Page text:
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November 19, 2008 |

By Phillip Stephens | Film | November 19, 2008 |

The Twin Towers, when they stood, seemed to embody the quintessentially modern gesture, an immense imposition of vertical order and rationality over the anarchic horizontal bustle of Manhattan. It’s hard not to read too much into the culture which could produce such an unsubtle, but architecturally stunning, gesture - such a feat of either capitalist pride or arrogance, depending on one’s point of view. But what then are we to make of Philippe Petit, who, on August 7th, 1974, snuck atop the Towers and walked a high-wire over 1,350 ft. in the sky? Petit’s act both transcends and makes a hash of the Towers’ engineering marvel and whatever ethos was behind it, seemingly to remind us that no matter how daunting our creations, they will always be surpassed by the atomized human spectacle.

But maybe such readings are unnecessary - it’s certainly possible that Petit didn’t consider himself any kind of transgressive; rather, possessing a very French kind of irreverence, he just enjoyed the sensation of walking through the sky. Man on Wire, James Marsh’s charming documentary on the subject, seeks to affirm either view by reconstructing the considerable feat of planning and executing Petit’s skywalk. Marsh cuts archival footage of Petit and his cohorts, including then-girlfriend Annie Allix and lifelong friends Jean-Louis Blondeau and Jean-Francois Heckel training for and orchestrating “the coup” as well as Petit’s high-wire walks between the towers of Notre Dame and the Sydney Bridge towers, all acts that somehow combine the high-risk stunt with public artistry.

Marsh cleverly combines real footage of the team and interviews with cute dramatic recreations which give life to Petit’s own buoyant narration, which itself reveals the zesty, exuberant personality of the man so well that it could’ve comprised the film by itself. The accounts of Petit’s team, disguised as construction workers, sneaking into the newly-opened Towers with tons of equipment, almost give Man on Wire the air of a heist film. It was truly a remarkable combination of luck, design, and skill that got Petit onto the highest wire of all time, and watching it all come together gives one a sense of hope and serendipity for reasons I can’t put my finger on; Petit is like an anti-terrorist (and what a metaphor that would turn out to be), committing illegal acts which harm no one, but somehow inspire feelings of human transcendence.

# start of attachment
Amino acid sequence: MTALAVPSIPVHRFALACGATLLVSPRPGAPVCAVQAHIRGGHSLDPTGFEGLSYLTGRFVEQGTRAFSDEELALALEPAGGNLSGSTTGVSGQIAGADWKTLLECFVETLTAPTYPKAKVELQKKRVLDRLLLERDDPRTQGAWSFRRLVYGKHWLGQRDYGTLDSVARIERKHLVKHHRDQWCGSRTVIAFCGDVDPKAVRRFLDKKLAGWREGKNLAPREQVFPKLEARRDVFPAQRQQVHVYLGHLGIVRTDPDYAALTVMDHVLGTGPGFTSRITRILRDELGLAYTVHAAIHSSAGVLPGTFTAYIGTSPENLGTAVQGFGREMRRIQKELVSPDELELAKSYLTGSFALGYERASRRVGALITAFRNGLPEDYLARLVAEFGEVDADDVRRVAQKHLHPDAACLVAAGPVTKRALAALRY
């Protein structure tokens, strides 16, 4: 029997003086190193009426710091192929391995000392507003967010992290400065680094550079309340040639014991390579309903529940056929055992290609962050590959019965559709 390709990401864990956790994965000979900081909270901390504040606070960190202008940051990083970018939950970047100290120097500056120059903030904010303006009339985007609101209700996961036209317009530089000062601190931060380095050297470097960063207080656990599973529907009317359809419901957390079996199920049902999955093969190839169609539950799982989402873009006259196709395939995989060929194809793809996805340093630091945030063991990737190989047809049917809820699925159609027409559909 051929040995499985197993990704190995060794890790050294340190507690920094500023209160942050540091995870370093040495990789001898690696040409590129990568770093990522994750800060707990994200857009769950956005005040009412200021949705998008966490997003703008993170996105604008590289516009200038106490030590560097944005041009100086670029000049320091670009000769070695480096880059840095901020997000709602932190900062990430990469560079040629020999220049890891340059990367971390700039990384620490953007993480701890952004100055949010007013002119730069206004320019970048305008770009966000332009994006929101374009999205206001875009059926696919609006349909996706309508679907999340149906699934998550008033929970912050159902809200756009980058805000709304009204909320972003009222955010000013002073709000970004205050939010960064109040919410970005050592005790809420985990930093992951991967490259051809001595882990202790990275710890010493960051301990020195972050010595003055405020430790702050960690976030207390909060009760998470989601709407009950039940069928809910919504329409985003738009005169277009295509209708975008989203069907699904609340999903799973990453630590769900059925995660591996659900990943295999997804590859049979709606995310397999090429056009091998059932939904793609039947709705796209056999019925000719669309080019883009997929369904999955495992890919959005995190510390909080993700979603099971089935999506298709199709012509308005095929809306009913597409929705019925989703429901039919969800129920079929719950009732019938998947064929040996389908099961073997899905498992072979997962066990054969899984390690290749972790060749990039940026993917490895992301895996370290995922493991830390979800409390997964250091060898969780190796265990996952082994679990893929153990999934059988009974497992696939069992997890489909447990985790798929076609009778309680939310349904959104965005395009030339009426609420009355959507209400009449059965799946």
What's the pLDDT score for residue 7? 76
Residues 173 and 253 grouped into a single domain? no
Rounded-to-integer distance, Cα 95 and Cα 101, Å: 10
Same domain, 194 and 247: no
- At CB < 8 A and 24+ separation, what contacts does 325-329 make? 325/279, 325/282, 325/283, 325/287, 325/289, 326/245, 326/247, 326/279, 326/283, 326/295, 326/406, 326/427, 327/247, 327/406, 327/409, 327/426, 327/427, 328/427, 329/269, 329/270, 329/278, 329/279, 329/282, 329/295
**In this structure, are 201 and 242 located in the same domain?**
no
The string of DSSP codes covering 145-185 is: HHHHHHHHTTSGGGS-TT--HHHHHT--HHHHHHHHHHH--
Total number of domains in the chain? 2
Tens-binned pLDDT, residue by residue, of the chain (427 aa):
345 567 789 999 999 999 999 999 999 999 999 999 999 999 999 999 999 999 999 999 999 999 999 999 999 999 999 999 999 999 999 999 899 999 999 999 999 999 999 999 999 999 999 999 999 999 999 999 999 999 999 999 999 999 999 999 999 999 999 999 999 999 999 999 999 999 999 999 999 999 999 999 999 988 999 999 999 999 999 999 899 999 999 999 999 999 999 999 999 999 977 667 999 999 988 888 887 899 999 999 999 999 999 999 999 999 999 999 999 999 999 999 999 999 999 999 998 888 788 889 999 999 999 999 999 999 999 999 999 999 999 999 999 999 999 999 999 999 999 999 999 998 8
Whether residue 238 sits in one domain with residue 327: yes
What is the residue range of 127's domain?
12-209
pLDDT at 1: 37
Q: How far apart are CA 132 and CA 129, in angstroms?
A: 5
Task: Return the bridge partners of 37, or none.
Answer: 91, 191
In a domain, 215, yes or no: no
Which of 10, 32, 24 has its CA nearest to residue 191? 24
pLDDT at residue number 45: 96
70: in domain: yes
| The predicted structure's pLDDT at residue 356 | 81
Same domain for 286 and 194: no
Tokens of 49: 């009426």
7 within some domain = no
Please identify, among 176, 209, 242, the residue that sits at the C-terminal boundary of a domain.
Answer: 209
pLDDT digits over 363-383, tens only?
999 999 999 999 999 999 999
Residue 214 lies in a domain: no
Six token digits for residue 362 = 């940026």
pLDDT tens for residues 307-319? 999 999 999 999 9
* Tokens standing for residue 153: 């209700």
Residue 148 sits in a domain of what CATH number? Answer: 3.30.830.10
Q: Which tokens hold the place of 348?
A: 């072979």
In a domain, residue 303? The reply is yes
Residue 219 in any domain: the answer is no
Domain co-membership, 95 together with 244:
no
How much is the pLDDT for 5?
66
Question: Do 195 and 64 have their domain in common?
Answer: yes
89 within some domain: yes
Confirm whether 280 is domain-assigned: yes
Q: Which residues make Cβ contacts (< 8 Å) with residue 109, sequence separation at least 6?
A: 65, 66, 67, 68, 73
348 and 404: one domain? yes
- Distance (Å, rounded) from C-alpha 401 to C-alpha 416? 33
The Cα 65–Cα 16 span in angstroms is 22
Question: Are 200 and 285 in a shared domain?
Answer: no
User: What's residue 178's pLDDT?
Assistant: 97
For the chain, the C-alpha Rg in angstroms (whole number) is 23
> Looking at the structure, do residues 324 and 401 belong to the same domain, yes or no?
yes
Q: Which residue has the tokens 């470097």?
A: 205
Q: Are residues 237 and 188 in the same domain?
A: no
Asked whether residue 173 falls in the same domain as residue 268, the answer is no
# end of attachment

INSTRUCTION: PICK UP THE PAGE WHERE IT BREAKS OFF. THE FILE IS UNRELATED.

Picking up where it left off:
And really, other than the pants-wetting spectacle that is Petit traipsing through the heavens, it’s the personality of the man that gives the film this kind of glowing effervescence. After he finally steps off the wire and is arrested by gaping port authority officers, Petit is continuously hammered by questions, of the American analytic why? -to which there’s no real answer. And in the spectacular reverie and media-frenzy which naturally followed Petit’s skywalk, Man on Wire takes an unexpected somber tone as its hero engages in a humorous fling (literal jouissance!) and then confronts the friendships and romantic relationships built around the stunt coming to an end. This human drama completes the film’s arc of triumph in an impressively mature manner.

The fact that 9/11 and the Towers’ crumbling is never mentioned may seem a bit na├»ve to some, Marsh not wanting to taint Petit’s achievement with this horrible coda, but from a narrative standpoint it makes sense. It was important for both film and story not to veer away from such a spellbinding original act committed for no other reason than, in Petit’s own words: “When I see three oranges, I juggle; when I see two towers, I walk.”

Phillip Stephens is the lead critic and book editor for Pajiba. He lives in Fayetteville, Arkansas and wastes his twenties in grad school(s).

Man on Wire / Phillip Stephens

Film | November 19, 2008 |

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